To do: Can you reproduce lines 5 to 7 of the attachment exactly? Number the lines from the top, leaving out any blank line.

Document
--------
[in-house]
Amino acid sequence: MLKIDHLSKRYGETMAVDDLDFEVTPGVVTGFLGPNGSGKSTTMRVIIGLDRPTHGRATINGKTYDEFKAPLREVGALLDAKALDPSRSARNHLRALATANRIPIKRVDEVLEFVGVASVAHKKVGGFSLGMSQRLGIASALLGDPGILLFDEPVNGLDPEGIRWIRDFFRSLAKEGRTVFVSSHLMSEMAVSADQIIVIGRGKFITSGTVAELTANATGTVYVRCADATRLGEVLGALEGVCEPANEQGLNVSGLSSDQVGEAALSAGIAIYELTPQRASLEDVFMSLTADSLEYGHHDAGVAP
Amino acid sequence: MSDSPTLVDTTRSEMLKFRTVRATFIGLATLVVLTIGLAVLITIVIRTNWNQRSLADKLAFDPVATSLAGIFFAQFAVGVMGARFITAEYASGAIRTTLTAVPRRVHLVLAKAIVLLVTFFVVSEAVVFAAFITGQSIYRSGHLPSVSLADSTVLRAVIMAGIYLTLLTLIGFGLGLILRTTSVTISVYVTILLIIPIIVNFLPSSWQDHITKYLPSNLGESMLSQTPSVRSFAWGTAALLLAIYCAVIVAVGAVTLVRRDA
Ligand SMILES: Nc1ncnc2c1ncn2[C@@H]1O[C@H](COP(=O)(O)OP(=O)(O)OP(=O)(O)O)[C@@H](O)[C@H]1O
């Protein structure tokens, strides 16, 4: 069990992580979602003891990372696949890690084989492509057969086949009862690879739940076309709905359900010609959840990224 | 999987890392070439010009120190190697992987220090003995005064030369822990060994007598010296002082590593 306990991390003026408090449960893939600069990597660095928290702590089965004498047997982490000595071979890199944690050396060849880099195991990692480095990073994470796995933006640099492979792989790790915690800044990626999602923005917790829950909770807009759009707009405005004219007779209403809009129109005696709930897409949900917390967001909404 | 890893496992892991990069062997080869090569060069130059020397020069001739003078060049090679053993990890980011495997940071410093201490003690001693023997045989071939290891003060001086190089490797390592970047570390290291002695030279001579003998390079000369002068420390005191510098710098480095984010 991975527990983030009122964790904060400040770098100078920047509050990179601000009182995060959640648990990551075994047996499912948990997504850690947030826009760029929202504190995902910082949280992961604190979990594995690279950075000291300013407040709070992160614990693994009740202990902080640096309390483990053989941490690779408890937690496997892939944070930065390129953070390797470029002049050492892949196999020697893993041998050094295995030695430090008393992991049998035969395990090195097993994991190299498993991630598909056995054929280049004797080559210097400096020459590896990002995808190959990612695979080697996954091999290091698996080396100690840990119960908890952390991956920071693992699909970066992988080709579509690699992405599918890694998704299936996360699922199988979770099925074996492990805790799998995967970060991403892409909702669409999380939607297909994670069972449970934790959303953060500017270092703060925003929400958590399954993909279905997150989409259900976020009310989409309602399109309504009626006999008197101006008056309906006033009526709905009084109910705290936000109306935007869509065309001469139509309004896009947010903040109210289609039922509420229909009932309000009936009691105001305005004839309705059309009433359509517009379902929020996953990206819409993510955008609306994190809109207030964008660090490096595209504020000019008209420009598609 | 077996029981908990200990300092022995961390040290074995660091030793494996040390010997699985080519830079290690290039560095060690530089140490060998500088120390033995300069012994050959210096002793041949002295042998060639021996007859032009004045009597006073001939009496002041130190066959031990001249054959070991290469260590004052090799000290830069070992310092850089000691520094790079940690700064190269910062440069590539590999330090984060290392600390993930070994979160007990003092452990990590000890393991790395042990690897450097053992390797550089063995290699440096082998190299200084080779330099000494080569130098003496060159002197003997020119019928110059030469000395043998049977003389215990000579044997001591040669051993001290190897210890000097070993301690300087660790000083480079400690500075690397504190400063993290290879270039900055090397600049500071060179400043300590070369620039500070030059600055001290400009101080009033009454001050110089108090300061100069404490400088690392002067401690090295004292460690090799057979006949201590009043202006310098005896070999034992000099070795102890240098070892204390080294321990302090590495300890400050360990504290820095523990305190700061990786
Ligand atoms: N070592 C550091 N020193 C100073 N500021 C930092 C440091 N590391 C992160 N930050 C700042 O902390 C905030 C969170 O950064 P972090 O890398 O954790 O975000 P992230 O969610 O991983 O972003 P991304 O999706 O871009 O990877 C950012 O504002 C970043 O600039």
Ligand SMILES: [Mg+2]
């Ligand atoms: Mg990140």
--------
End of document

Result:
């Protein structure tokens, strides 16, 4: 069990992580979602003891990372696949890690084989492509057969086949009862690879739940076309709905359900010609959840990224 | 999987890392070439010009120190190697992987220090003995005064030369822990060994007598010296002082590593 306990991390003026408090449960893939600069990597660095928290702590089965004498047997982490000595071979890199944690050396060849880099195991990692480095990073994470796995933006640099492979792989790790915690800044990626999602923005917790829950909770807009759009707009405005004219007779209403809009129109005696709930897409949900917390967001909404 | 890893496992892991990069062997080869090569060069130059020397020069001739003078060049090679053993990890980011495997940071410093201490003690001693023997045989071939290891003060001086190089490797390592970047570390290291002695030279001579003998390079000369002068420390005191510098710098480095984010 991975527990983030009122964790904060400040770098100078920047509050990179601000009182995060959640648990990551075994047996499912948990997504850690947030826009760029929202504190995902910082949280992961604190979990594995690279950075000291300013407040709070992160614990693994009740202990902080640096309390483990053989941490690779408890937690496997892939944070930065390129953070390797470029002049050492892949196999020697893993041998050094295995030695430090008393992991049998035969395990090195097993994991190299498993991630598909056995054929280049004797080559210097400096020459590896990002995808190959990612695979080697996954091999290091698996080396100690840990119960908890952390991956920071693992699909970066992988080709579509690699992405599918890694998704299936996360699922199988979770099925074996492990805790799998995967970060991403892409909702669409999380939607297909994670069972449970934790959303953060500017270092703060925003929400958590399954993909279905997150989409259900976020009310989409309602399109309504009626006999008197101006008056309906006033009526709905009084109910705290936000109306935007869509065309001469139509309004896009947010903040109210289609039922509420229909009932309000009936009691105001305005004839309705059309009433359509517009379902929020996953990206819409993510955008609306994190809109207030964008660090490096595209504020000019008209420009598609 | 077996029981908990200990300092022995961390040290074995660091030793494996040390010997699985080519830079290690290039560095060690530089140490060998500088120390033995300069012994050959210096002793041949002295042998060639021996007859032009004045009597006073001939009496002041130190066959031990001249054959070991290469260590004052090799000290830069070992310092850089000691520094790079940690700064190269910062440069590539590999330090984060290392600390993930070994979160007990003092452990990590000890393991790395042990690897450097053992390797550089063995290699440096082998190299200084080779330099000494080569130098003496060159002197003997020119019928110059030469000395043998049977003389215990000579044997001591040669051993001290190897210890000097070993301690300087660790000083480079400690500075690397504190400063993290290879270039900055090397600049500071060179400043300590070369620039500070030059600055001290400009101080009033009454001050110089108090300061100069404490400088690392002067401690090295004292460690090799057979006949201590009043202006310098005896070999034992000099070795102890240098070892204390080294321990302090590495300890400050360990504290820095523990305190700061990786
Ligand atoms: N070592 C550091 N020193 C100073 N500021 C930092 C440091 N590391 C992160 N930050 C700042 O902390 C905030 C969170 O950064 P972090 O890398 O954790 O975000 P992230 O969610 O991983 O972003 P991304 O999706 O871009 O990877 C950012 O504002 C970043 O600039």
Ligand SMILES: [Mg+2]